Regular stamps without a barcode are no longer valid for postage. Customers can exchange non-barcoded stamps with the barcoded stamps via the Swap Out scheme.
GB News has compared the ‘counterfeit’ stamps with legitimate Royal Mail stamps (pictured) and while there are differences, it can be hard to spot which is fake
In October 2022, Royal Mail said the unique barcodes now used on stamps can “facilitate operational efficiencies, enable the introduction of added security features and pave the way for innovative services for customers”.
Richard Burn, 59, says he exchanged his old-style non-barcoded second class stamps with valid barcoded stamps via the Swap Out scheme.
“I don’t use a lot of stamps but over the years you tend to accumulate them,” he told GB News.
Royal Mail swapped the stamps for barcoded versions, and he’s been using them throughout the year to send birthday cards to loved ones without any issues at all.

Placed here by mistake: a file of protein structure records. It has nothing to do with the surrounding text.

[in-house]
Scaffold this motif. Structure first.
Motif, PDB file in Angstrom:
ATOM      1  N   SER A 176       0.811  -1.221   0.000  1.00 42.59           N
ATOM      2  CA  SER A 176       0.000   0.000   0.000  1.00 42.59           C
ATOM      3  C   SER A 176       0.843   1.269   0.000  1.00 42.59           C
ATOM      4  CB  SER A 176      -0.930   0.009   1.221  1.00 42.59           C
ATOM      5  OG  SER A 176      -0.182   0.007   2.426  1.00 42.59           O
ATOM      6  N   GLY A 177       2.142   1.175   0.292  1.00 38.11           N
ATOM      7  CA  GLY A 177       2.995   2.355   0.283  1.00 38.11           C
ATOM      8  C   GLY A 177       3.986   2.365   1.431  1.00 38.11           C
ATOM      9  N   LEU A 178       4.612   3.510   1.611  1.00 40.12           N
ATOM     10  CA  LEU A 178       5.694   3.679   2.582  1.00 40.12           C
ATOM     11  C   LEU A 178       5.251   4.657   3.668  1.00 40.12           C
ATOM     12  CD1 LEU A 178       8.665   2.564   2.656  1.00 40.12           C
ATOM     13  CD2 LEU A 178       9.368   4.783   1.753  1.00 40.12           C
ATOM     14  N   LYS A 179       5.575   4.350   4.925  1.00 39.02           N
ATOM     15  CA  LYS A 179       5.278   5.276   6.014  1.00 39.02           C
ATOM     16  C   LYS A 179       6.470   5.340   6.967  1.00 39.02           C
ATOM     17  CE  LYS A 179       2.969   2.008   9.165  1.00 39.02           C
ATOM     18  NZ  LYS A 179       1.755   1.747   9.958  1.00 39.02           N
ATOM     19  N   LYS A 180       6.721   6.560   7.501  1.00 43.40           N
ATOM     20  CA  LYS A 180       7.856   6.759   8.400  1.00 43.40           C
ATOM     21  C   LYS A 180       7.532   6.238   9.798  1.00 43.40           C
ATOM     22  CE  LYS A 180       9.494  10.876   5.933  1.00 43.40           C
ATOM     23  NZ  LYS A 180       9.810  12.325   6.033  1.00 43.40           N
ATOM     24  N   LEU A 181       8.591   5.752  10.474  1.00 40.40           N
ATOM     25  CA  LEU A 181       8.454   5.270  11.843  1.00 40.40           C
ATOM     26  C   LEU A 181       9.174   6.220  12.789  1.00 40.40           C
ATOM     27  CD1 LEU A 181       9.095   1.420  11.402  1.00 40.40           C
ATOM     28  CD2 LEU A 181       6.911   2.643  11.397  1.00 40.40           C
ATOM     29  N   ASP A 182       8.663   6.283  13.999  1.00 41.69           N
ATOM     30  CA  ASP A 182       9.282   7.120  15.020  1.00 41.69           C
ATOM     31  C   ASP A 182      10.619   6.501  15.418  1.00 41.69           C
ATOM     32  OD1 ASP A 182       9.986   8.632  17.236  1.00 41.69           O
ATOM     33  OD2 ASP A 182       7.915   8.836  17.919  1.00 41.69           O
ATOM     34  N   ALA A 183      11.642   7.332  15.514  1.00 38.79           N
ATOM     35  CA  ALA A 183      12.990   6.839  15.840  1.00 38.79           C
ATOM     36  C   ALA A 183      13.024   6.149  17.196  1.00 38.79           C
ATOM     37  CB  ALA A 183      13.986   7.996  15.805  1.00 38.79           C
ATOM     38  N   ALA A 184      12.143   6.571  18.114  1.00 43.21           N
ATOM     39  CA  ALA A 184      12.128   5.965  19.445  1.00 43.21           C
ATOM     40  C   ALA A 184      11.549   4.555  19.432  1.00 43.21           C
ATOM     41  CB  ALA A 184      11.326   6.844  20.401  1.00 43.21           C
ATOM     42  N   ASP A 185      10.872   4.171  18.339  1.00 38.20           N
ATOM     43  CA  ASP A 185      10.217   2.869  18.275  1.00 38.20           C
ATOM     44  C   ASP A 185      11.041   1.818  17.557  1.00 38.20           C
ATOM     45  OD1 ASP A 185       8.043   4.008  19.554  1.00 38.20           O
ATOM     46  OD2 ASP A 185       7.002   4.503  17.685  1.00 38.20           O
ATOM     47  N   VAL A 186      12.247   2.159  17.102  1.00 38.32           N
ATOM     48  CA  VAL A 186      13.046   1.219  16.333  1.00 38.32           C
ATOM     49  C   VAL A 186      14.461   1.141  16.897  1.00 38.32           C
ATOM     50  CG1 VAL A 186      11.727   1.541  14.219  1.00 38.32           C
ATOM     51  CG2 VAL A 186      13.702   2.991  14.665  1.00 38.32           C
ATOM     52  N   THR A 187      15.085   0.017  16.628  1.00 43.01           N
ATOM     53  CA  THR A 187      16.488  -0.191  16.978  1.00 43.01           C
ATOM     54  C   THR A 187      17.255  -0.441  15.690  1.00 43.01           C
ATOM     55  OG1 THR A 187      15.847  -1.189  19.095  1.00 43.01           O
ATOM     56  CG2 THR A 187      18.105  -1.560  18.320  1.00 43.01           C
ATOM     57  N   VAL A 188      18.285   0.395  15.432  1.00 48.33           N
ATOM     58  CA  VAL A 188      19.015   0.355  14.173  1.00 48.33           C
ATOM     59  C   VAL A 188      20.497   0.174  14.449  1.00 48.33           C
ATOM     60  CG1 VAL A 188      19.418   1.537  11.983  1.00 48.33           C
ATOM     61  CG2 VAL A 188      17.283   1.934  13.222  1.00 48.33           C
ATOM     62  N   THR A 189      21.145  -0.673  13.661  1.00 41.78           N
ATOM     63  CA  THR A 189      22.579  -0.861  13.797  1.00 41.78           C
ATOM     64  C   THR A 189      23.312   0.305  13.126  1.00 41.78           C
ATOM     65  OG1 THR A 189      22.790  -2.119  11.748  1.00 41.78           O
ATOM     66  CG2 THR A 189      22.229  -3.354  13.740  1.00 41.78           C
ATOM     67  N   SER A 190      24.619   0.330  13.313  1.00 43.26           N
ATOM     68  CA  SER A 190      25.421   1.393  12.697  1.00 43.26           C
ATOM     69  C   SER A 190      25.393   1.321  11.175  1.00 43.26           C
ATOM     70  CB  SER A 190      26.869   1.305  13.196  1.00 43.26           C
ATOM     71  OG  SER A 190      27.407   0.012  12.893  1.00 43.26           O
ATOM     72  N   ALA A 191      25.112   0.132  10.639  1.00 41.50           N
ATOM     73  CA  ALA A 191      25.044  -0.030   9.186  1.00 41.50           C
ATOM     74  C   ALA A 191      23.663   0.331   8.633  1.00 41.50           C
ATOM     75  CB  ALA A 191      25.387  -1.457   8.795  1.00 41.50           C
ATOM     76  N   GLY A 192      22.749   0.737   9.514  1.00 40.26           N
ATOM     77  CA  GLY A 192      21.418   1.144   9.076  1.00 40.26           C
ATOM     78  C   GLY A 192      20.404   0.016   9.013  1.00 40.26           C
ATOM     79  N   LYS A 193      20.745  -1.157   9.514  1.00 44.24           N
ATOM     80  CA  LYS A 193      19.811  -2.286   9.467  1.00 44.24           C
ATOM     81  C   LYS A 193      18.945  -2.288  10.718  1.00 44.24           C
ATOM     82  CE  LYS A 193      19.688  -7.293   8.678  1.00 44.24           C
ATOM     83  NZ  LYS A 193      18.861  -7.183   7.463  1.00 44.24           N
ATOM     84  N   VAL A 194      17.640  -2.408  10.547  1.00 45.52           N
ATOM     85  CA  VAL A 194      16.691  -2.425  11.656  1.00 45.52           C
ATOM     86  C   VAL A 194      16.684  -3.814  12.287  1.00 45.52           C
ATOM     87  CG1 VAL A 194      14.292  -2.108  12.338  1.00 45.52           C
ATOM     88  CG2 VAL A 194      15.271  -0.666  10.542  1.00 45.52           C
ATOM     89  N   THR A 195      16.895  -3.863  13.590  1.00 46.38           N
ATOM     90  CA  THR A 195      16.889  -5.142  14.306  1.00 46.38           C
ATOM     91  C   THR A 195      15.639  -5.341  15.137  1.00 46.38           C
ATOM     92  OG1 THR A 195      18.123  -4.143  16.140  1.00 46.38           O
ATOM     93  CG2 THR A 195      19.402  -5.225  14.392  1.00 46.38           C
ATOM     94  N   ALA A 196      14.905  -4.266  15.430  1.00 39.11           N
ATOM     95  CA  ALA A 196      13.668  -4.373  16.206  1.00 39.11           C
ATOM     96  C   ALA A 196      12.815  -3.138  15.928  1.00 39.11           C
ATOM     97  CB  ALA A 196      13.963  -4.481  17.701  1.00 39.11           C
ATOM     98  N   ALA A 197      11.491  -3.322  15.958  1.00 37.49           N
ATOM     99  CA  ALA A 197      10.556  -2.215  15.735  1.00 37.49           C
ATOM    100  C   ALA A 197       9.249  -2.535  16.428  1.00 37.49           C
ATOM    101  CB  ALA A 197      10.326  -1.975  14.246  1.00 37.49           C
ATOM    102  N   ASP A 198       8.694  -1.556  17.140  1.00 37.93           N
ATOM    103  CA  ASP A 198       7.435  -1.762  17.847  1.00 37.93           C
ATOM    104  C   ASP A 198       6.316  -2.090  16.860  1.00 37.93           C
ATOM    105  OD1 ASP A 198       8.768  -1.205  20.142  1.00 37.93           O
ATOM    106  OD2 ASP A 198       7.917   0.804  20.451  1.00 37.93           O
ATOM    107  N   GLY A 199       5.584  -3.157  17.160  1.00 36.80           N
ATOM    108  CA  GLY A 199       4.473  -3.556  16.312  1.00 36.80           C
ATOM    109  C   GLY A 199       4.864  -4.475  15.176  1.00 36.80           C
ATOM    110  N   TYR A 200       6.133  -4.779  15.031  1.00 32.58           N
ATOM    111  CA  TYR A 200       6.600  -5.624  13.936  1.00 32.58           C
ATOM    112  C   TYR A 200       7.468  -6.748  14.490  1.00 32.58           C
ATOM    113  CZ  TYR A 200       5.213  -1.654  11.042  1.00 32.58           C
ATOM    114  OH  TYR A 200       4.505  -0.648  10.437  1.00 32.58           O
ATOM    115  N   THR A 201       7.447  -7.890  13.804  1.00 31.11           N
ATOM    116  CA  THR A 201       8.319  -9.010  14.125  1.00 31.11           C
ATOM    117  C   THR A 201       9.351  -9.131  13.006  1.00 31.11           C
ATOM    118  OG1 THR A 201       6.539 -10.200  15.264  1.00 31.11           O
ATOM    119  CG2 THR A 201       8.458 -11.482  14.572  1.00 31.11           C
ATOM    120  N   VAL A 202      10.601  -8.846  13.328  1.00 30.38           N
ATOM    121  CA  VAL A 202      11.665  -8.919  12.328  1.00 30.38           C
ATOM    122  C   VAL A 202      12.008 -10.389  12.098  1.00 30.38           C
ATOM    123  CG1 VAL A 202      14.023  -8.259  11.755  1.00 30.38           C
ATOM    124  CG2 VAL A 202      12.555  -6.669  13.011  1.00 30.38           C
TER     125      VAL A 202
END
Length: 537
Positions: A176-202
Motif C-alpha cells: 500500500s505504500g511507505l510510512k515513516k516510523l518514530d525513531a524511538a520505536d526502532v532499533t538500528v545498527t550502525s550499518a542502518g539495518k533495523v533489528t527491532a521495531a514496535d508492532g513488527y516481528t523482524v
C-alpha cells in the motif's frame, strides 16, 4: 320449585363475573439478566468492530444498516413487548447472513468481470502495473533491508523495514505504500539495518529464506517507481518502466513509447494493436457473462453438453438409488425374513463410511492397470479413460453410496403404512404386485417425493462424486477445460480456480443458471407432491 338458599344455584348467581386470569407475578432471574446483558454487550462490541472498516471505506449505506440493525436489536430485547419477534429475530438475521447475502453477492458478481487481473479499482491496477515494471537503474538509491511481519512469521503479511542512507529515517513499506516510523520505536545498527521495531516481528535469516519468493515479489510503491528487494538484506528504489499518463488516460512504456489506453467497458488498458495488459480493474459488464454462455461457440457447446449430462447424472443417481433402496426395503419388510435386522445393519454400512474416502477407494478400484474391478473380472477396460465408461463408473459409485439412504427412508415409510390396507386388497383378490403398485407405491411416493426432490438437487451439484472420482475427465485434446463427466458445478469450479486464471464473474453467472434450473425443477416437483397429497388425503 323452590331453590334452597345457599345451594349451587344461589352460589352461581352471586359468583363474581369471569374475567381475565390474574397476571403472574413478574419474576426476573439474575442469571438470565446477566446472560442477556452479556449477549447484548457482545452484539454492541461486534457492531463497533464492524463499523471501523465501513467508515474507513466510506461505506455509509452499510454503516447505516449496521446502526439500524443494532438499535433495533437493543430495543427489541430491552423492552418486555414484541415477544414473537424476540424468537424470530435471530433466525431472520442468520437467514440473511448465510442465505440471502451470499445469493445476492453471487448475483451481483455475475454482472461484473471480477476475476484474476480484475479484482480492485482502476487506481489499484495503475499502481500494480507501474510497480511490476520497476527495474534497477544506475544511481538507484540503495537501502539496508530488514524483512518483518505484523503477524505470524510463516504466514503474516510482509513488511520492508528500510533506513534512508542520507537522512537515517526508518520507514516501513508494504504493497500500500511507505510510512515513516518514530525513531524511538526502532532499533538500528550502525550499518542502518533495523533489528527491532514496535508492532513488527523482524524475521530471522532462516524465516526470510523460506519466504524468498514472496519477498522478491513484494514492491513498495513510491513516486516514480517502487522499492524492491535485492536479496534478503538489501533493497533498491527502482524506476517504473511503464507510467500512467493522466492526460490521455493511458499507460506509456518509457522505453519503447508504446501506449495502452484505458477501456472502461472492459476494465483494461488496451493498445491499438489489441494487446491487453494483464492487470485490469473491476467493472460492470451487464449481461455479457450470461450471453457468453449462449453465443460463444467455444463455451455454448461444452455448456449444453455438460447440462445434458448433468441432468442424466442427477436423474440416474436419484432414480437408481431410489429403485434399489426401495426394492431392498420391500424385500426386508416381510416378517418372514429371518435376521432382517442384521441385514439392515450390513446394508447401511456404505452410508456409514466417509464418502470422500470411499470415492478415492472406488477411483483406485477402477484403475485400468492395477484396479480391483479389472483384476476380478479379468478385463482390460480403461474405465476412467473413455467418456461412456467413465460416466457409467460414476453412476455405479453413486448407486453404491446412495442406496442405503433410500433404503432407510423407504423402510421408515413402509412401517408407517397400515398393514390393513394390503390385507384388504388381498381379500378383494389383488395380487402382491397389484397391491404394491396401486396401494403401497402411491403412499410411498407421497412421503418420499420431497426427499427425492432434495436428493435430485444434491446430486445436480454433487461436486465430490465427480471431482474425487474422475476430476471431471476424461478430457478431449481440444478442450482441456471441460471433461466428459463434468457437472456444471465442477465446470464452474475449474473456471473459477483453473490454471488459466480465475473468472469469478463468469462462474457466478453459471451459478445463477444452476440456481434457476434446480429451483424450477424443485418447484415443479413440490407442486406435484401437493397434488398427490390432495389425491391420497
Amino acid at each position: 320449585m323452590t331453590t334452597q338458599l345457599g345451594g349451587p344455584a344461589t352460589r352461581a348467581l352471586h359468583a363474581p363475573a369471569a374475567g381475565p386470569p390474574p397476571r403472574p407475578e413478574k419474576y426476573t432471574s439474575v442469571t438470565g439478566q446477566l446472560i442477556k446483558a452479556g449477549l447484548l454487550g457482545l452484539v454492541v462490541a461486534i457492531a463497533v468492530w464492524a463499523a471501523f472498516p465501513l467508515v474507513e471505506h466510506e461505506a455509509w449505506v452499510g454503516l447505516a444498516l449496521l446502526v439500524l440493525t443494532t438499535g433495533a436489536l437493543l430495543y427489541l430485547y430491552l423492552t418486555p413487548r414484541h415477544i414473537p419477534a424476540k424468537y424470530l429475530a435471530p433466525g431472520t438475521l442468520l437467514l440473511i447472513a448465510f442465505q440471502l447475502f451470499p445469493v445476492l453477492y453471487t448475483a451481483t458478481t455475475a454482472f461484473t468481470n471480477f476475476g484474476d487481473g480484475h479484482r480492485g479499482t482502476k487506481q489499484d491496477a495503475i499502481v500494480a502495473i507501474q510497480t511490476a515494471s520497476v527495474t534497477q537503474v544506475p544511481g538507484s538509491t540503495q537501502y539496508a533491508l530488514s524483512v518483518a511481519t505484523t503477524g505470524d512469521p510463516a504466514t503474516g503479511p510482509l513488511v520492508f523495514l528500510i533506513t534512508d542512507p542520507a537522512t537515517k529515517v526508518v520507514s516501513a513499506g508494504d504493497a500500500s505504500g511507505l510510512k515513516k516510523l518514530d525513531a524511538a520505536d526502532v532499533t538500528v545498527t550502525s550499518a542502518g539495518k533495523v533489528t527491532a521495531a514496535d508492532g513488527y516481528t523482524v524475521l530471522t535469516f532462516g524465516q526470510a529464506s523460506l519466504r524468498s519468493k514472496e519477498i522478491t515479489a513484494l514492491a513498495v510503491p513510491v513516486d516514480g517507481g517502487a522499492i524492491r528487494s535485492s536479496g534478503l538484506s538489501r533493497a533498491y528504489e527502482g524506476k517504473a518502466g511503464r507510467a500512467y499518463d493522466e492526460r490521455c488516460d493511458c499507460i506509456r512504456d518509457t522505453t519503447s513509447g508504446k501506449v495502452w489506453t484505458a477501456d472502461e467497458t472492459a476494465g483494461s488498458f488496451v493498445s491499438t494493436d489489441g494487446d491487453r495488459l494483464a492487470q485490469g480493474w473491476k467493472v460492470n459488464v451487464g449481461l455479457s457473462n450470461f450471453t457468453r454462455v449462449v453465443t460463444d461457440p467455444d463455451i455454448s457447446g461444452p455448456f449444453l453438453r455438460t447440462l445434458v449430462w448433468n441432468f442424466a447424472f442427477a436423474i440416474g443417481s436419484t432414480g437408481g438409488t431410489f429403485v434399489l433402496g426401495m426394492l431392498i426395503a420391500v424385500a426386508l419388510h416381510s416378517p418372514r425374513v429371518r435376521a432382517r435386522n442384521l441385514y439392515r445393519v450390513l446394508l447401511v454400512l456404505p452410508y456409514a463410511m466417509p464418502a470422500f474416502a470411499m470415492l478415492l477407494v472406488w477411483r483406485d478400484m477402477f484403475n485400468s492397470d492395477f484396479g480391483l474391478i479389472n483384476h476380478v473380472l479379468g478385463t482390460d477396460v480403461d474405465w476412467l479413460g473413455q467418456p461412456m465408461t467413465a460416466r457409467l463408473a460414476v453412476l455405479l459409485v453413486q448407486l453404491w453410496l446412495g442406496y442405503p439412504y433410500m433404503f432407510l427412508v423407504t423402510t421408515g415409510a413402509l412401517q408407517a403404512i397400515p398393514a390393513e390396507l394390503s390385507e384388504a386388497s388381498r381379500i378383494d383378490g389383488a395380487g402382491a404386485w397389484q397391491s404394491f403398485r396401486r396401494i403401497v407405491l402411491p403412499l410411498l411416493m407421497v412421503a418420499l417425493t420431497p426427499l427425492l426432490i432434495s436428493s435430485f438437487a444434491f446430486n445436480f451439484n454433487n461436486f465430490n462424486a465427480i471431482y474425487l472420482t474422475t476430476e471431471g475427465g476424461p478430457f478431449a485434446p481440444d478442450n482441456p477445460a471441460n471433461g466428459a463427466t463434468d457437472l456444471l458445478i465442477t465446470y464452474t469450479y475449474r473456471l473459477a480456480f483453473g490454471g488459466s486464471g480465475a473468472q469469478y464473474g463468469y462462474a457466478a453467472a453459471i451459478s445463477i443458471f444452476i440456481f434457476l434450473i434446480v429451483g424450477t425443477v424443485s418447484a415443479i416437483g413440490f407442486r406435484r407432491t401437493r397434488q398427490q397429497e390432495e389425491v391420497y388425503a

Mr Burn sent several Christmas cards last month and was shocked to hear one of his relatives had had to go to the Royal Mail delivery office and pay £5 to get the item, as the stamp had been deemed counterfeit.
Feeling “utterly indignant”, he told GB News: “I knew they weren’t counterfeit, or if they are, they’ve been given out by Royal Mail themselves.”
Mr Burn called Royal Mail to complain and was pointed to the website to fill in a complaint form. He says he is yet to hear back.
A Post Office spokesperson said: “Stamps are available to buy from a number of different sources. Post Office Ltd receives its stamps direct from Royal Mail’s secure printers.
“Customers who buy stamps at Post Offices are given an itemised receipt, and this will be required to investigate any allegations of fake stamps.”
A Royal Mail spokesperson said: “It is vital we can investigate any instance where a person believes their stamps have been incorrectly identified as counterfeit or pre-used.